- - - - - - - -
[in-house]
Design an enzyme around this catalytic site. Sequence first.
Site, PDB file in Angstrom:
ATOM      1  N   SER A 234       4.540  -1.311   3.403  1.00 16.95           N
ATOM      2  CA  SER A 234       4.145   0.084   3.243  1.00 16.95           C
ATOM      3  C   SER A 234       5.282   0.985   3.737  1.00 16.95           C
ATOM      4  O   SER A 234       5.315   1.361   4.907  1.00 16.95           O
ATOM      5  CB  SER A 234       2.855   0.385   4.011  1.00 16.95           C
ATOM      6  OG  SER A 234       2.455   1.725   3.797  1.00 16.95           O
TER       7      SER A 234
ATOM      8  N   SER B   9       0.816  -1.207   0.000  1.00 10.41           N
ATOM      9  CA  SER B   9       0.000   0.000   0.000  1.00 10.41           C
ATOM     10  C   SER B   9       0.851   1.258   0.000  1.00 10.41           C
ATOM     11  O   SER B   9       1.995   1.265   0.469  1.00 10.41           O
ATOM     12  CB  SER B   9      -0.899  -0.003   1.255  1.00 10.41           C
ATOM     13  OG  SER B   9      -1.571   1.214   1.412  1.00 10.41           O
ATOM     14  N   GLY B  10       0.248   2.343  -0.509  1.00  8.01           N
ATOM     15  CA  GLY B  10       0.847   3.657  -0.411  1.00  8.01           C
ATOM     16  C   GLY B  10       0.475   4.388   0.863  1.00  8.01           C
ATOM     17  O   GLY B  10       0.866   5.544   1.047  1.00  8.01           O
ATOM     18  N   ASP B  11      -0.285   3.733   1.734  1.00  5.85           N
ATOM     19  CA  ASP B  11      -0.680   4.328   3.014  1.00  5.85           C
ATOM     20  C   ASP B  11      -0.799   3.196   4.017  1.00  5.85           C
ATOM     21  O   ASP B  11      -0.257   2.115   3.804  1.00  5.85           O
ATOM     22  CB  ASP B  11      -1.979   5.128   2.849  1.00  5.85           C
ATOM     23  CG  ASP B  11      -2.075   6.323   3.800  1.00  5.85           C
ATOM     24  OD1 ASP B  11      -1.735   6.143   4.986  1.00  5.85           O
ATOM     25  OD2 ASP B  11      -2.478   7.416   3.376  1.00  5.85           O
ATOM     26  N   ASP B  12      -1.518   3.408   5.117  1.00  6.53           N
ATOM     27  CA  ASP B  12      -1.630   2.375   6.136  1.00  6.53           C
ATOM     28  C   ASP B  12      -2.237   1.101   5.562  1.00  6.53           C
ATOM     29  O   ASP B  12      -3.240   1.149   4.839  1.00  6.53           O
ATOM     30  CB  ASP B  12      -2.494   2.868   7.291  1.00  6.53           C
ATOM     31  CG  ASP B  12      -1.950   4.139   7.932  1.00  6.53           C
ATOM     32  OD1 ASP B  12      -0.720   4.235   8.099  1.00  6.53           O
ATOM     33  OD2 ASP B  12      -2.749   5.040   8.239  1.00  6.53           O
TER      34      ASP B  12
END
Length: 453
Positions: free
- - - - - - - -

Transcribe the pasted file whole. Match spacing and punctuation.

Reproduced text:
[in-house]
Design an enzyme around this catalytic site. Sequence first.
Site, PDB file in Angstrom:
ATOM      1  N   SER A 234       4.540  -1.311   3.403  1.00 16.95           N
ATOM      2  CA  SER A 234       4.145   0.084   3.243  1.00 16.95           C
ATOM      3  C   SER A 234       5.282   0.985   3.737  1.00 16.95           C
ATOM      4  O   SER A 234       5.315   1.361   4.907  1.00 16.95           O
ATOM      5  CB  SER A 234       2.855   0.385   4.011  1.00 16.95           C
ATOM      6  OG  SER A 234       2.455   1.725   3.797  1.00 16.95           O
TER       7      SER A 234
ATOM      8  N   SER B   9       0.816  -1.207   0.000  1.00 10.41           N
ATOM      9  CA  SER B   9       0.000   0.000   0.000  1.00 10.41           C
ATOM     10  C   SER B   9       0.851   1.258   0.000  1.00 10.41           C
ATOM     11  O   SER B   9       1.995   1.265   0.469  1.00 10.41           O
ATOM     12  CB  SER B   9      -0.899  -0.003   1.255  1.00 10.41           C
ATOM     13  OG  SER B   9      -1.571   1.214   1.412  1.00 10.41           O
ATOM     14  N   GLY B  10       0.248   2.343  -0.509  1.00  8.01           N
ATOM     15  CA  GLY B  10       0.847   3.657  -0.411  1.00  8.01           C
ATOM     16  C   GLY B  10       0.475   4.388   0.863  1.00  8.01           C
ATOM     17  O   GLY B  10       0.866   5.544   1.047  1.00  8.01           O
ATOM     18  N   ASP B  11      -0.285   3.733   1.734  1.00  5.85           N
ATOM     19  CA  ASP B  11      -0.680   4.328   3.014  1.00  5.85           C
ATOM     20  C   ASP B  11      -0.799   3.196   4.017  1.00  5.85           C
ATOM     21  O   ASP B  11      -0.257   2.115   3.804  1.00  5.85           O
ATOM     22  CB  ASP B  11      -1.979   5.128   2.849  1.00  5.85           C
ATOM     23  CG  ASP B  11      -2.075   6.323   3.800  1.00  5.85           C
ATOM     24  OD1 ASP B  11      -1.735   6.143   4.986  1.00  5.85           O
ATOM     25  OD2 ASP B  11      -2.478   7.416   3.376  1.00  5.85           O
ATOM     26  N   ASP B  12      -1.518   3.408   5.117  1.00  6.53           N
ATOM     27  CA  ASP B  12      -1.630   2.375   6.136  1.00  6.53           C
ATOM     28  C   ASP B  12      -2.237   1.101   5.562  1.00  6.53           C
ATOM     29  O   ASP B  12      -3.240   1.149   4.839  1.00  6.53           O
ATOM     30  CB  ASP B  12      -2.494   2.868   7.291  1.00  6.53           C
ATOM     31  CG  ASP B  12      -1.950   4.139   7.932  1.00  6.53           C
ATOM     32  OD1 ASP B  12      -0.720   4.235   8.099  1.00  6.53           O
ATOM     33  OD2 ASP B  12      -2.749   5.040   8.239  1.00  6.53           O
TER      34      ASP B  12
END
Length: 453
Positions: free